At the Heart of a 'Hidden History'- Forgotten Battleground of the Norse and the Normans

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Byline: DR DAVID WYATT

* ost people in Wales are aware of the mighty ring of Edwardian castles in the north of the country built in the wake of Edward I's conquest in the late 13th century.

Edward's "iron ring" of fortifications were designed to be symbols of his power and domination over the previously independent Welsh kingdom of Gwynedd. Yet fewer people are aware of another much earlier attempt to subdue Gwynedd through the construction of a network of castles in the years that followed the Norman Conquest.

Aberlleiniog Castle, which nestles in a beautiful location near the village of Llangoed close to the eastern shores of Anglesey, lies at the very heart of this 'hidden history'.

Situated just a few miles from Beaumaris' huge Edwardian fortification, Aberlleiniog Castle is a simple, yet well-preserved, Norman motte and bailey fortress, built on the orders of Hugh d'Avranches, earl of Chester, one of the first marcher lords appointed by William the Conqueror to the Welsh frontier.

Today, the motte at Aberlleiniog is crowned by a much later structure, probably a civil war fort, which appears to date to the middle of the 17th century. Yet it is arguably the early medieval history of this site which bears witness to one of the most significant yet little known conflicts in medieval Welsh history: the battle of Anglesey Sound in 1098.

This battle reconfigured the geo-political map of North Wales and reversed ambitions of conquest from the east for almost 200 years, allowing an independent and vibrant Welsh dynasty to flourish in Gwynedd.

Anglesey, Wales and the Viking World. We are often presented with an Anglo-centric view of Welsh history with relationships between Wales and England taking centre stage. Yet, it is important to remember that Wales is a westward facing peninsular with a mountainous interior which, to this day, hampers communications between both the north and south and the east and west.

In the early middle-ages, these internal topographical barriers would have been compounded further by widespread forestation and political fragmentation.

Wales, at this time, was made up of a patchwork of competing native kingdoms vying for power and territory. The one unifying topographical feature in Wales was the sea and many of the early medieval Welsh kingdoms had important westward maritime contacts and interactions, both peaceful and violent, with Ireland and the wider Viking world.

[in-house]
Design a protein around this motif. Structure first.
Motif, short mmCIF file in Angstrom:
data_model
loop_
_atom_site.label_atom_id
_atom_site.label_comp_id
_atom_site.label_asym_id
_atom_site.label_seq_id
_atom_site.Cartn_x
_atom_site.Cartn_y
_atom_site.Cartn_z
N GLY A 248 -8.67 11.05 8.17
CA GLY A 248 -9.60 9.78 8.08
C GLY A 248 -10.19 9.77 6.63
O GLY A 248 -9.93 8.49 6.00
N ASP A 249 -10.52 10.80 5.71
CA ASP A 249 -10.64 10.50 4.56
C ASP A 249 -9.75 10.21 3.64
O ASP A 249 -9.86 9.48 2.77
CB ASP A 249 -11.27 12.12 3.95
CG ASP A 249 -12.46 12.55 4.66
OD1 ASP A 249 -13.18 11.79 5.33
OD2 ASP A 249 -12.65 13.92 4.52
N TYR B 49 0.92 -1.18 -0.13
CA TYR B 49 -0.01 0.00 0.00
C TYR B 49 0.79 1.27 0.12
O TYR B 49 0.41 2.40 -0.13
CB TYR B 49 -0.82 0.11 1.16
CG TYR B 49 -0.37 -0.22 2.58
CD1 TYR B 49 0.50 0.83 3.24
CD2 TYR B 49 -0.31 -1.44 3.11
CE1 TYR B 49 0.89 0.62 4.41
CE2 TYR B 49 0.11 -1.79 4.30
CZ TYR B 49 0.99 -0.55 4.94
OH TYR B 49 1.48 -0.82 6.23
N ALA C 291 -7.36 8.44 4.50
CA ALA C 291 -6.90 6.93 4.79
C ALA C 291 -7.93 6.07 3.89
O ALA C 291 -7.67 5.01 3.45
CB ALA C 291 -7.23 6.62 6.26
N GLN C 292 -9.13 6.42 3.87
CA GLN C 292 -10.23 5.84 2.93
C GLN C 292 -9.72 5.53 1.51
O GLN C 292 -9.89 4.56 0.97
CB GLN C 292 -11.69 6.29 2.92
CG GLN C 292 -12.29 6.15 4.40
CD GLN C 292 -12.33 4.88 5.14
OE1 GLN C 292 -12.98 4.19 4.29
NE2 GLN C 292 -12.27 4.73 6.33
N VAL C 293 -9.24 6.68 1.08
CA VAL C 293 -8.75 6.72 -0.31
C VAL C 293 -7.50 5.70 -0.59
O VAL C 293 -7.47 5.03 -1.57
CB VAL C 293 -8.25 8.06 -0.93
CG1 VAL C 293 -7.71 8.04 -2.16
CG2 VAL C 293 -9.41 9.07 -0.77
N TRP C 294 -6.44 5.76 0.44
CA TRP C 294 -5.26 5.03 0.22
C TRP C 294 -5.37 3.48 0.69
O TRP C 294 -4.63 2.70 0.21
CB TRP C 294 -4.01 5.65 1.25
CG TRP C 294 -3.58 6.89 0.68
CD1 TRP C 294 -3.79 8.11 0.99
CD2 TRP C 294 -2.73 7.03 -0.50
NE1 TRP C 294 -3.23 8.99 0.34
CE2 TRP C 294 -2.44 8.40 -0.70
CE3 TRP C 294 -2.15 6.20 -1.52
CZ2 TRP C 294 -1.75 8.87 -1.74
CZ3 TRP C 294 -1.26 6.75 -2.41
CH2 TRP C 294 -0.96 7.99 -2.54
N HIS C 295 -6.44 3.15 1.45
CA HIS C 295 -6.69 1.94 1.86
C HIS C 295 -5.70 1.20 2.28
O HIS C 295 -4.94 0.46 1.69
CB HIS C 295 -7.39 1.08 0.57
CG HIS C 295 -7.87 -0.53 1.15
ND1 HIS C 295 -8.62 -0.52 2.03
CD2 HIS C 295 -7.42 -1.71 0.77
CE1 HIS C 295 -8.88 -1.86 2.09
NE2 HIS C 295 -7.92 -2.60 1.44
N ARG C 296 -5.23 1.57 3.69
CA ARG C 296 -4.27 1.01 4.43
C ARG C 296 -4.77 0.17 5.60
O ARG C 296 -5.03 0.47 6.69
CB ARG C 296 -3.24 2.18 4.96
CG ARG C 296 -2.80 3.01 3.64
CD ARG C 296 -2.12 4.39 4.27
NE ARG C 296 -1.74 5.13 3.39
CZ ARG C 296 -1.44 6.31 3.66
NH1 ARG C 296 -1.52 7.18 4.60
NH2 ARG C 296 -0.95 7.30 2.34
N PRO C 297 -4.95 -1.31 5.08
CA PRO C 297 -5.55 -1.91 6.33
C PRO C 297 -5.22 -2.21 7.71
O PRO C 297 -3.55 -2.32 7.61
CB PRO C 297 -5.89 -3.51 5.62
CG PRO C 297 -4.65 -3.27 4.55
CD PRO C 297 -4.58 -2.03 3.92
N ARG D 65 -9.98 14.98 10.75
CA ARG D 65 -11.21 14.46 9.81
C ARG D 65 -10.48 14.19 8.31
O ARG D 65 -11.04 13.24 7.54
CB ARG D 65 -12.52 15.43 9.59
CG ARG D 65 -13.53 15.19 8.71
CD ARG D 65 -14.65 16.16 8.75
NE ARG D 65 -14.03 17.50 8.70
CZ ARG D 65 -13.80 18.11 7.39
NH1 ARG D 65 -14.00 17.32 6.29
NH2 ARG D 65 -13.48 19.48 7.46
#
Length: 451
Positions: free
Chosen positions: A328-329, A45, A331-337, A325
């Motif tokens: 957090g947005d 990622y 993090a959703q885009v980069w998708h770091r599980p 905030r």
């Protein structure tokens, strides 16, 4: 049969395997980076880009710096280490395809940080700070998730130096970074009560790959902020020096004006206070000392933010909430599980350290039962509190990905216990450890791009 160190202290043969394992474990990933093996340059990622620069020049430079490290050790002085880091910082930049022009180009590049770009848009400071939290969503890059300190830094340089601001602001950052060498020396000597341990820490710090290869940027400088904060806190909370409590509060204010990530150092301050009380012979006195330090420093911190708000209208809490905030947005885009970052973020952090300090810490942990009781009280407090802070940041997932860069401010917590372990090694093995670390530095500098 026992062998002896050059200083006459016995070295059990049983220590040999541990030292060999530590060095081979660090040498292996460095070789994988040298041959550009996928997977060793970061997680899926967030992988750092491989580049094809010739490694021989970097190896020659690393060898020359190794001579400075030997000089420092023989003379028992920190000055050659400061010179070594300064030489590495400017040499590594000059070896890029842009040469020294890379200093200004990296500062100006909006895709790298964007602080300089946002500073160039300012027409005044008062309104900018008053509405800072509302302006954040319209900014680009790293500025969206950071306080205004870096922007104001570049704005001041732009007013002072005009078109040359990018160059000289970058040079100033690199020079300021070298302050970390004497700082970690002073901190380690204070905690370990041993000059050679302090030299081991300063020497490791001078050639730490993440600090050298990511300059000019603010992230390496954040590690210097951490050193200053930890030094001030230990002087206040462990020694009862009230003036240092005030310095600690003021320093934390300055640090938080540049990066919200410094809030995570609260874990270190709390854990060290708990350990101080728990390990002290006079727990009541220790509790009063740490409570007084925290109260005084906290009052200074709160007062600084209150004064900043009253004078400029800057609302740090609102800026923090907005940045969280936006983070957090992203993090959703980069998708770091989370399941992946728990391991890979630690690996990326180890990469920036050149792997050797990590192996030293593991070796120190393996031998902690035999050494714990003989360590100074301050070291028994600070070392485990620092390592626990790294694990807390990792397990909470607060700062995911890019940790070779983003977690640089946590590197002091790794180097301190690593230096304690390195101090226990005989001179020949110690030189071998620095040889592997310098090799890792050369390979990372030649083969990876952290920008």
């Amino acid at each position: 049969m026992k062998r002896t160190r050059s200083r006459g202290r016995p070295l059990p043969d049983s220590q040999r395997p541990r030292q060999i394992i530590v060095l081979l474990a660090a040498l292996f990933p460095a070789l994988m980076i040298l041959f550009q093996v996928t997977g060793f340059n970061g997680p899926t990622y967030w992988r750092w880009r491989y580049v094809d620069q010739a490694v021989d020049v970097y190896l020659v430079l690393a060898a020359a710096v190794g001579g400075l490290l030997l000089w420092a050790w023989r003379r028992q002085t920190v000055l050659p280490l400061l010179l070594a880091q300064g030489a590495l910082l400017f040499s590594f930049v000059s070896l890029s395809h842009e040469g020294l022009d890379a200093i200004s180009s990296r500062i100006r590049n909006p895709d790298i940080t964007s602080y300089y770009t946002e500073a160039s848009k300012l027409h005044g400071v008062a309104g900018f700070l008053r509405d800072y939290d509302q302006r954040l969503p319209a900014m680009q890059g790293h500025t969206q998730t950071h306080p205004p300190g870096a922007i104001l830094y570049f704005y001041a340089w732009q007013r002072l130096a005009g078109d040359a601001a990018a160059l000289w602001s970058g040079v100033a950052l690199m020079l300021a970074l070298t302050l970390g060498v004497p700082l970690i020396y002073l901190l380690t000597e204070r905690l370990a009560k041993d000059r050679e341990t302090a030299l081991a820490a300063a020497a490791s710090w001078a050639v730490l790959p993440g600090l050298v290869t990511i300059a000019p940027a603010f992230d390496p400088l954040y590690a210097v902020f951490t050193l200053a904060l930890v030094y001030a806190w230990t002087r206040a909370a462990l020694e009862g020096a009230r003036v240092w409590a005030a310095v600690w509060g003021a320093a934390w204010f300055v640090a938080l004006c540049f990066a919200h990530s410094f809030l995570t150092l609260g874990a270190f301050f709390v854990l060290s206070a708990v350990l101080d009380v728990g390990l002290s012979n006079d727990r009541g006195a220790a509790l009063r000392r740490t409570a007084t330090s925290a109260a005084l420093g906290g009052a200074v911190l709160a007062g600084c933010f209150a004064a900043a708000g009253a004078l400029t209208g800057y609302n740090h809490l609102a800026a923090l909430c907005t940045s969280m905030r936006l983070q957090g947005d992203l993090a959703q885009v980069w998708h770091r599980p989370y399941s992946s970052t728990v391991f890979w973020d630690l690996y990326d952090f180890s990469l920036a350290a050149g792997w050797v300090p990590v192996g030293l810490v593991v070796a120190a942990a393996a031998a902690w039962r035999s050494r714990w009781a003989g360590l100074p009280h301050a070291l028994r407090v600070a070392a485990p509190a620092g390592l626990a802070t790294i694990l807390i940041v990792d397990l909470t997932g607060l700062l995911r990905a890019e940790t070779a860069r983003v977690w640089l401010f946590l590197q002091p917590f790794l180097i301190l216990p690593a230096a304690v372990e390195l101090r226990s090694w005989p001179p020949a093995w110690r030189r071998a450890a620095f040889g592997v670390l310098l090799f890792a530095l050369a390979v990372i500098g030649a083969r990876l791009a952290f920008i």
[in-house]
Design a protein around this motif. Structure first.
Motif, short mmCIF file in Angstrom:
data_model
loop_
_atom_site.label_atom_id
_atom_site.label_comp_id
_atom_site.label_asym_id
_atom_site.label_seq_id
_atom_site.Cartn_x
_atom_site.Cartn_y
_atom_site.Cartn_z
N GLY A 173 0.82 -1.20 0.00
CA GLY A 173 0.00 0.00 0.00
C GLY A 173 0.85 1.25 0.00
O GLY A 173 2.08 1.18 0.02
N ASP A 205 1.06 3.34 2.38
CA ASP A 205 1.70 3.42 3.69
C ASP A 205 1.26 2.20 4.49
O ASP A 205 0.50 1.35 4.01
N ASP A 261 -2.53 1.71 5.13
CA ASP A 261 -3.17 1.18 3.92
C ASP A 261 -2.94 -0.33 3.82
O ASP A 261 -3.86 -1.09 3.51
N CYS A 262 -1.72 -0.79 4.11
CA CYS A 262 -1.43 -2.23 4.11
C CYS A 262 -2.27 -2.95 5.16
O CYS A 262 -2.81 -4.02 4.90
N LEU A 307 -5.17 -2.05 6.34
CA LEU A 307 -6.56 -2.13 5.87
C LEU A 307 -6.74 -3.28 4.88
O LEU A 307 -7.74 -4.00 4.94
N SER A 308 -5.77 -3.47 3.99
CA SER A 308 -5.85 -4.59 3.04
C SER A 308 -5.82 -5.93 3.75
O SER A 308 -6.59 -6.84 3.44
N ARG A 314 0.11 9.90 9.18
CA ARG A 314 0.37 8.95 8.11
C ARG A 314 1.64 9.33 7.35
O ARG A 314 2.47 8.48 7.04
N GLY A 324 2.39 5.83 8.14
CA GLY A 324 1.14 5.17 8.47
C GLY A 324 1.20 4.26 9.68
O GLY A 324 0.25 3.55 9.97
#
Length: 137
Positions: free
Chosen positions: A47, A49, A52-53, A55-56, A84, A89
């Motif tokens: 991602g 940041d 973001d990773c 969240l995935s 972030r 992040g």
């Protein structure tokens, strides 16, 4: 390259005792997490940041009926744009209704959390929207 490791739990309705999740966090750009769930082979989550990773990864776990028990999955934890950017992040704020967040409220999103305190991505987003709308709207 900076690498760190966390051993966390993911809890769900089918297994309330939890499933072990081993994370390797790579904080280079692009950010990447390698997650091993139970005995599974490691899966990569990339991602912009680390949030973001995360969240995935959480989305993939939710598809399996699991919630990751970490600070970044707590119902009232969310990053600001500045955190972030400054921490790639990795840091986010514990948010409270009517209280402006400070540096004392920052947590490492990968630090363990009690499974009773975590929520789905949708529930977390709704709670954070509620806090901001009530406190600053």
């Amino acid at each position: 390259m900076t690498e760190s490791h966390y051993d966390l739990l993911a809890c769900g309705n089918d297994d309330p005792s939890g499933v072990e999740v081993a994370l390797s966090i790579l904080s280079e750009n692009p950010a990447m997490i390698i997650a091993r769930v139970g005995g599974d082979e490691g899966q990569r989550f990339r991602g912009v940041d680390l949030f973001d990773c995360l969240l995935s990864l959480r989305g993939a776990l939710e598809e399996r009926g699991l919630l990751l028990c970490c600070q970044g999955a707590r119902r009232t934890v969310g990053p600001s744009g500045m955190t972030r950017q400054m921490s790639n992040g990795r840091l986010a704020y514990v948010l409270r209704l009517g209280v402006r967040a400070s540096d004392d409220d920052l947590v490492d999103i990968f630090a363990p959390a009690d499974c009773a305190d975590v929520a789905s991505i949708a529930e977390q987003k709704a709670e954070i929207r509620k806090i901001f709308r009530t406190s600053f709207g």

The Vikings first came to the Irish Sea region in small sea-borne raiding bands at the end of the eighth century. Over the course of the ninth and 10th centuries they established significant power bases and settled in locations across the Irish Sea region: in the Northern and Western Isles of Scotland, the Isle of Man, Galloway, Cumbria and coastal areas of Ireland.

These Viking settlers soon became embroiled in local politics, they formed alliances, intermarried and many adopted Christianity, yet they retained a distinct identity signalled through their material culture, language and their warrior outlook.

By the middle of the 10th century they had also established vibrant and bustling urban ports such as Dublin, at which mercenaries could be hired and where goods could be exchanged and redistributed across the Viking world.

Unsurprisingly, then, mastery of maritime routes in the region was very important for the Irish Sea Vikings. Perhaps the most important of these routes was the seaway linking Dublin with a significant Viking settlement in the Wirral which, in turn, connected overland to the Viking city of York. This busy Viking route meant that the Island of Anglesey and the coasts of North Wales were of immense strategic significance.

Given the strategic significance of the seaways around Anglesey, and the widespread nature of Viking settlement in the Irish Sea region, then it would be very surprising if there had been no such settlement within Wales. …